Yesterday, my friend Rachel and I were lollygagging through Whole Foods and low and behold we happened upon a Guinness tasting--that's right people, tons of foods where Guinness was the main ingredient. So you can imagine my delight when I stumbled upon a "Chocolate Stout Cupcake." People, I've eaten a LOT of cupcakes in my day, and let me tell you, I think this may be the best one I ever had. So I went home and tried them out. SO FREAKING GOOD. Moist, dense, heaven. DO THE GUINNESS!! I always have more appreciation for my Irish heritage when cupcakes are involved. *Sidenote: I was really impressed because I thought Whole Foods invented this delectable recipe, which wouldn't surprise me because their stuff is awesome (that's why we pay so much I think)...yeah, definitely googled it and found the recipe--plagiarism?! Did no one teach them academic integrity?! I will expose them for the frauds they are...but quickly get over it because their food is just so delicious! I am so easily pleased. P.S. I'm counting this as my new thing of the week--new cupcake recipe! Duh!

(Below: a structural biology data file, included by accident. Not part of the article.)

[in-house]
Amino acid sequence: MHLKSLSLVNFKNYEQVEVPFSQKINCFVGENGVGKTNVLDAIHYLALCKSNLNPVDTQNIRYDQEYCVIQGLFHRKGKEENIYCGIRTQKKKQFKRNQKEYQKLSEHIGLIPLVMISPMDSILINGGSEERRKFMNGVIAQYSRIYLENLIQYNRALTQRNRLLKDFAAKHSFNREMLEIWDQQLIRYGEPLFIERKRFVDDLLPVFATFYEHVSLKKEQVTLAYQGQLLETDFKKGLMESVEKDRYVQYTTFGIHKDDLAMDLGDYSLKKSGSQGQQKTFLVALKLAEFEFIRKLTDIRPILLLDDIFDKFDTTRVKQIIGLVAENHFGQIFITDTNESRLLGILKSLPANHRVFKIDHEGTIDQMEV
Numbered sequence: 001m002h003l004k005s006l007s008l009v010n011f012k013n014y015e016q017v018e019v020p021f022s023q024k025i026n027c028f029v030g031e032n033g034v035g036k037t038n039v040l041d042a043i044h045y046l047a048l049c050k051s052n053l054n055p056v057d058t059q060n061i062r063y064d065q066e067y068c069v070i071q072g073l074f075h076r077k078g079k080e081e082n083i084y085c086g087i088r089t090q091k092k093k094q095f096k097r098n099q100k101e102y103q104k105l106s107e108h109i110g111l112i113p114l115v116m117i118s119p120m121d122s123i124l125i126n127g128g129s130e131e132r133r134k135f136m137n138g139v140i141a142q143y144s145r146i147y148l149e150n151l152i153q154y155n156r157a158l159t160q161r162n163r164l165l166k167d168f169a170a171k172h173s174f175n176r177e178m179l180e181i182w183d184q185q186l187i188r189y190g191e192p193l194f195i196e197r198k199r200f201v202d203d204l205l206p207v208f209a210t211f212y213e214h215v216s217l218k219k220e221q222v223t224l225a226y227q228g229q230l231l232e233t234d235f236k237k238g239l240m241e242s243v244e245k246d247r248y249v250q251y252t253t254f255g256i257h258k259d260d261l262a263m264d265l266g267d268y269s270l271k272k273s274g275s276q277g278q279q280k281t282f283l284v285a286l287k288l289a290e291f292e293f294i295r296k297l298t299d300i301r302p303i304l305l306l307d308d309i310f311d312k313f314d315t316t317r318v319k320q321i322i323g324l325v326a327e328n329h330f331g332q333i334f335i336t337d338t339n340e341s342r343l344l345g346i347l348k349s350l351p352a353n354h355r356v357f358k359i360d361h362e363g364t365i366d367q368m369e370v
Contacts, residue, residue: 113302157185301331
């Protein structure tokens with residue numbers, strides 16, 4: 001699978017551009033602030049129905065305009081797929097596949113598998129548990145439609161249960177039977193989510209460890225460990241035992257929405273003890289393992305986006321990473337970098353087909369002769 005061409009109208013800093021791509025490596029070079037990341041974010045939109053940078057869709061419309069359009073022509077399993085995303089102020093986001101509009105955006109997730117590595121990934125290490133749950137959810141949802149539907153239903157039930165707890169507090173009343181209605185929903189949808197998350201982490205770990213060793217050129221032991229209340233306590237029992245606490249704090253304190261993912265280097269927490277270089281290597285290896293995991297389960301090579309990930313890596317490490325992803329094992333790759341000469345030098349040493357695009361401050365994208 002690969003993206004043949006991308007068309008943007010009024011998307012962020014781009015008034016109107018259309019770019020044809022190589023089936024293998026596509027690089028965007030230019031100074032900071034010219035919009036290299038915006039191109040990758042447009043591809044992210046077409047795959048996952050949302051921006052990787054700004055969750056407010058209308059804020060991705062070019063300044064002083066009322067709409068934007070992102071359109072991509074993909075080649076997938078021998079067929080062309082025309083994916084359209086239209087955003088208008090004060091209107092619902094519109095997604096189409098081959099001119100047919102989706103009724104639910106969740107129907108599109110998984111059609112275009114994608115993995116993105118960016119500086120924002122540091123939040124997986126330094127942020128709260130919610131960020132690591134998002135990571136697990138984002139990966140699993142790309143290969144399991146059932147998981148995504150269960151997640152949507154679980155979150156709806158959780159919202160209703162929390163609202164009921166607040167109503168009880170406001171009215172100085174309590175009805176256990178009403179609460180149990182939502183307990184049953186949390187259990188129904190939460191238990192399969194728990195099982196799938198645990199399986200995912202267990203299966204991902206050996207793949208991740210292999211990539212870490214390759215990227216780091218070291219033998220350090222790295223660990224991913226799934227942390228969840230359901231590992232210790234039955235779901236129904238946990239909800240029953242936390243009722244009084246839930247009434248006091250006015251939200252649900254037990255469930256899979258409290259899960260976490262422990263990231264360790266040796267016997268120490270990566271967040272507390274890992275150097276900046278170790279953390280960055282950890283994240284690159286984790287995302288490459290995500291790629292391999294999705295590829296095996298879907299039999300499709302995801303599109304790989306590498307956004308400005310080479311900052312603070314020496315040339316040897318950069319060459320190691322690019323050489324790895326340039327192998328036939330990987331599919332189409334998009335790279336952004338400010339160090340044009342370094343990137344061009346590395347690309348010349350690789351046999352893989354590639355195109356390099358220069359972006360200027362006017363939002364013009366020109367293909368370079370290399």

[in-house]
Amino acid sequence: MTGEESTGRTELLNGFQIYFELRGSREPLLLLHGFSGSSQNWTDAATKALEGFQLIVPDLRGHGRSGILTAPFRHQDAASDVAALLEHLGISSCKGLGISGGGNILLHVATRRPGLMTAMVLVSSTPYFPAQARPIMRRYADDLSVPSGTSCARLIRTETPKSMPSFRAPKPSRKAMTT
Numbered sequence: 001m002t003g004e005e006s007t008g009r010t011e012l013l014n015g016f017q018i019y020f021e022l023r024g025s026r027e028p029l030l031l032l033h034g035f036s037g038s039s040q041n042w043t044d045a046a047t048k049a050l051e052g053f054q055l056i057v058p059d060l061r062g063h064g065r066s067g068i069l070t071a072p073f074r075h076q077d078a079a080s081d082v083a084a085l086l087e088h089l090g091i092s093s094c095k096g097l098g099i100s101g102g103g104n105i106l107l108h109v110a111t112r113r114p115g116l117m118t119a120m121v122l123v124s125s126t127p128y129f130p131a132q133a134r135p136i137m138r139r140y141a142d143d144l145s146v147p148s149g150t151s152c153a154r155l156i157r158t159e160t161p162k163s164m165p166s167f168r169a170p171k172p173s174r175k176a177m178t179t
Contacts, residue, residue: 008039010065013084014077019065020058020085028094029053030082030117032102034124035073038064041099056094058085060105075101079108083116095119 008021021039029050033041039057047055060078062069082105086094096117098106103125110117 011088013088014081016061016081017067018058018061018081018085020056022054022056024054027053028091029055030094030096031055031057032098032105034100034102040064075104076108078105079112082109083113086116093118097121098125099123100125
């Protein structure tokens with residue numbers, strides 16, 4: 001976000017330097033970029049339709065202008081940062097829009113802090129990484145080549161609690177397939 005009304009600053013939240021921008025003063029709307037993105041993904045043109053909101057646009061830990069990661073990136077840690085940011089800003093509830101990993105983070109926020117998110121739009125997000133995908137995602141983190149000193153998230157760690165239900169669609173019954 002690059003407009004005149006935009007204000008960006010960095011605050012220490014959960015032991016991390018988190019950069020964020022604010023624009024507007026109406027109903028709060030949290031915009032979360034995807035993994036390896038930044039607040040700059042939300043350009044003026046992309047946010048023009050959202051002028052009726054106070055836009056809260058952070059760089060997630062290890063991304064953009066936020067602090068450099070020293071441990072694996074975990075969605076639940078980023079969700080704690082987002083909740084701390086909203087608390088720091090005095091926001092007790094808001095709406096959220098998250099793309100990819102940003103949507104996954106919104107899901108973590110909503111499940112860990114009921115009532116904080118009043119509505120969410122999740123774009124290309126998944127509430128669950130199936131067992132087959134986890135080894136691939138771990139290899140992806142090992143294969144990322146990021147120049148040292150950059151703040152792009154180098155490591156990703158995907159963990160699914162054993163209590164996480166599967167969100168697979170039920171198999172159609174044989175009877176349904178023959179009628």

• 3/4 cup unsweetened cocoa, plus more for dusting finished cupcakes
  • 2 cups sugar
  • 2 cups all-purposeflour
  • 1 teaspoon baking soda
  • Pinch fine salt
  • 1 bottle stout beer (recommended: Guinness)
  • 1 stick butter, melted
  • 1 tablespoon vanilla extract
  • 3 large eggs
  • 3/4 cup sour cream
  • 1 (8-ounce) package cream cheese, softened at room temperature
  • 3/4 to 1 cup heavy cream
  • 1 (1-pound) box confectioners' sugar


Preheat oven to 350 degrees F.

In a large mixing bowl, whisk together the cocoa, sugar, flour, baking soda, and salt.

In another medium mixing bowl, combine the stout, melted butter, and vanilla. Beat in eggs, 1 at time. Mix in sour cream until thoroughly combined and smooth. Gradually mix the dry ingredients into the wet mixture.